23 August 2018 | boblipton
A Collaboration of Auteurs and Duelling Bogarts
People say the first collaboration between Kurosawa and Mifune was DRUNKEN ANGEL in 1948, yet here's this movie from 1947 with a script co-written by Kurosawa with the second lead by Mifune.... and the lead by Shimura. Other Kurosawa regulars in it include Akitake Kôno and Kokuten Kôdô. Yes, it was directed by Senkichi Taniguchi, but it feels like a Kurosawa picture to me.
Mifune, Shimura and Yoshio Kosugi have stolen some money and fled to the mountains. Kosugi has been killed in an avalanche, and the two survivors fetch up at a hunting-and-mountaineering cabin in the dead of winter, where Shimura makes friends with the owner and his granddaughter and Mifune blackmails mountaineer Kôno into helping them over the mountains before the police catch up to them, lest he kill the innocent.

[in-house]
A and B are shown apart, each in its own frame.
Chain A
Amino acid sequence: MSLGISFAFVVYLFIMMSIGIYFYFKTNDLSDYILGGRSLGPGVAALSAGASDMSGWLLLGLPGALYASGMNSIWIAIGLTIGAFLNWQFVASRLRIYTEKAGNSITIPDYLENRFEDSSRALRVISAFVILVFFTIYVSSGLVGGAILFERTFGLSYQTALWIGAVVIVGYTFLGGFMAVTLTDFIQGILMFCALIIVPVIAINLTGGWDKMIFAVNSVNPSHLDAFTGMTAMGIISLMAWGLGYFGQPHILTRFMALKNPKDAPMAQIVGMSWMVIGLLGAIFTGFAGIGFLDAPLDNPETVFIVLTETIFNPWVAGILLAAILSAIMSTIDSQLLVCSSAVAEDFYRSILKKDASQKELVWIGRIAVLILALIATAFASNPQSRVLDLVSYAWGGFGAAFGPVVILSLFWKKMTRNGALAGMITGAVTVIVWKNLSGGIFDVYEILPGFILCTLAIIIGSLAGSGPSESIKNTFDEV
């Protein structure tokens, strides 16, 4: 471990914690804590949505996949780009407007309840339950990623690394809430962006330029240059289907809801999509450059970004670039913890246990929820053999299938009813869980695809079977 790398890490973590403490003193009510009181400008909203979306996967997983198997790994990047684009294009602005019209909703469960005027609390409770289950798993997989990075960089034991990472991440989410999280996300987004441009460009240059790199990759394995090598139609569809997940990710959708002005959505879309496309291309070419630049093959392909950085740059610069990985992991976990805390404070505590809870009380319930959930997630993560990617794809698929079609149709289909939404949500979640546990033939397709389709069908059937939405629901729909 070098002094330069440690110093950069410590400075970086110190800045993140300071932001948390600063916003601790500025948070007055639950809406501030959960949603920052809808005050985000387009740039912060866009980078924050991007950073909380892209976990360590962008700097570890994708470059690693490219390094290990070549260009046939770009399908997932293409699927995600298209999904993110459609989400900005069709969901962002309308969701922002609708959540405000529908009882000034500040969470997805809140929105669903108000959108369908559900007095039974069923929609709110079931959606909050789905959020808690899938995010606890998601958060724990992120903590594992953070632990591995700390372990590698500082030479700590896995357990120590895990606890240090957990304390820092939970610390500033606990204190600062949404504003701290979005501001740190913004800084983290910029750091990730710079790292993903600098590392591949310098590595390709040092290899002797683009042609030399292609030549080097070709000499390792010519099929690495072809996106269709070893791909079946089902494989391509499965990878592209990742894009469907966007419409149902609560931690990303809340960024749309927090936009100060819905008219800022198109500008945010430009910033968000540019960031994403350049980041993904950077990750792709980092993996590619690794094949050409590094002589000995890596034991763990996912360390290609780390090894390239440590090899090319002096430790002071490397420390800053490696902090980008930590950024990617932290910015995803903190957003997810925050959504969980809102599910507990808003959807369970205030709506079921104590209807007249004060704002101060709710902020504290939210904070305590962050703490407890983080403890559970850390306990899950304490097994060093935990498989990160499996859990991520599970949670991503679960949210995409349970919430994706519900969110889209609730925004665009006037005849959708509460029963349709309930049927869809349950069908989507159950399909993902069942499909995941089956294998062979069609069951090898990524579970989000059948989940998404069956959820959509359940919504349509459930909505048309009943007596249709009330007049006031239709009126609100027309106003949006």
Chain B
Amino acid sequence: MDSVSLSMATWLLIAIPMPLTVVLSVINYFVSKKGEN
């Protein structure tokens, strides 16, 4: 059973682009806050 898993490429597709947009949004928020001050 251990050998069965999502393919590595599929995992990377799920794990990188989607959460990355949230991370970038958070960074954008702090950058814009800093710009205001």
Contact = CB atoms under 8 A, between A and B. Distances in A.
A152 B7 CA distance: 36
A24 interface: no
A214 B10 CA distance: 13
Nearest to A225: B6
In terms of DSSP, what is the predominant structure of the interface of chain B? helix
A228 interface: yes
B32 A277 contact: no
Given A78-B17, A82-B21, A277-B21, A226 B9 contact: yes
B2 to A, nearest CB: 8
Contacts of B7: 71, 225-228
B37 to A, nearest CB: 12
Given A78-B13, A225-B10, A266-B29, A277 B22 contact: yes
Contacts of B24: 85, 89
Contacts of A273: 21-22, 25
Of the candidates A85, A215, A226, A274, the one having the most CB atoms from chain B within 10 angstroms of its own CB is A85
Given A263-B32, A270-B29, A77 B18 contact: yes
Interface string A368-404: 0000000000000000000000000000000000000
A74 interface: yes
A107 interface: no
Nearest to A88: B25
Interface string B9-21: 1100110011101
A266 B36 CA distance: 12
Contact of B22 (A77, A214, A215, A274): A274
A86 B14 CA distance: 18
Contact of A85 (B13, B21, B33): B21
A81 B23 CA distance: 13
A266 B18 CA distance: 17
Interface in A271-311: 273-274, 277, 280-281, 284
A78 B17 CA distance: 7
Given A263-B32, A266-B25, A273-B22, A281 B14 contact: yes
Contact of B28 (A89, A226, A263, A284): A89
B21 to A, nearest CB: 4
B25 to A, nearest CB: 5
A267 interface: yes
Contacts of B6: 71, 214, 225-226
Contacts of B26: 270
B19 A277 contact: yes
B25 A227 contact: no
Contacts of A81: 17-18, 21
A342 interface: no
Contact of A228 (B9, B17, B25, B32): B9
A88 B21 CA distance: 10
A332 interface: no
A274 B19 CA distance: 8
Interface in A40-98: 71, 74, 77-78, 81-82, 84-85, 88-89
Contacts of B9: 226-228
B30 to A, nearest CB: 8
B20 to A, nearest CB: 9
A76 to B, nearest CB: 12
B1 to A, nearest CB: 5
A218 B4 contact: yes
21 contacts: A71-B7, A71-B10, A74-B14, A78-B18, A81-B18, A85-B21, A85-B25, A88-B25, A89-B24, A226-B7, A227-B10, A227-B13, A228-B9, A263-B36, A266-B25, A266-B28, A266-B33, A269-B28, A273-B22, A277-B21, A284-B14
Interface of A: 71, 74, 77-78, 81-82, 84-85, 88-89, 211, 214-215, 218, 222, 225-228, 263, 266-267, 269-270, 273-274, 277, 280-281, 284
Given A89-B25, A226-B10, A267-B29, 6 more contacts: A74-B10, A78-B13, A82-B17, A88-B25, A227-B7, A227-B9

Kurosawa's scripts always borrowed liberally from other nations' literature, and here I have the impression he was writing a German Mountain movie as if B. Traven had done the novel and then Warner Brothers had turned it into a movie. Had Kurosawa gotten wind of the production of THE TREASURE OF SIERRA MADRE and co-written his script, with Mifune in the Bogart part.... and then cast his mind back to HIGH SIERRA for an earlier Bogart role for Shimura?
Maybe not. Taniguchi certainly brings a lot to the movie, with his co-writing, long shots of bright snow and unbreakable paths, as well as obdurate mountains. It's hard to tell at this distance who had written what and who had which insight. Film is a collaborative medium in which dozens, if not hundreds of auteurs collaborate; when it works, academics and critics like to assign the responsibility to one individual. When it fails, of course, the suits in the front office get the blame.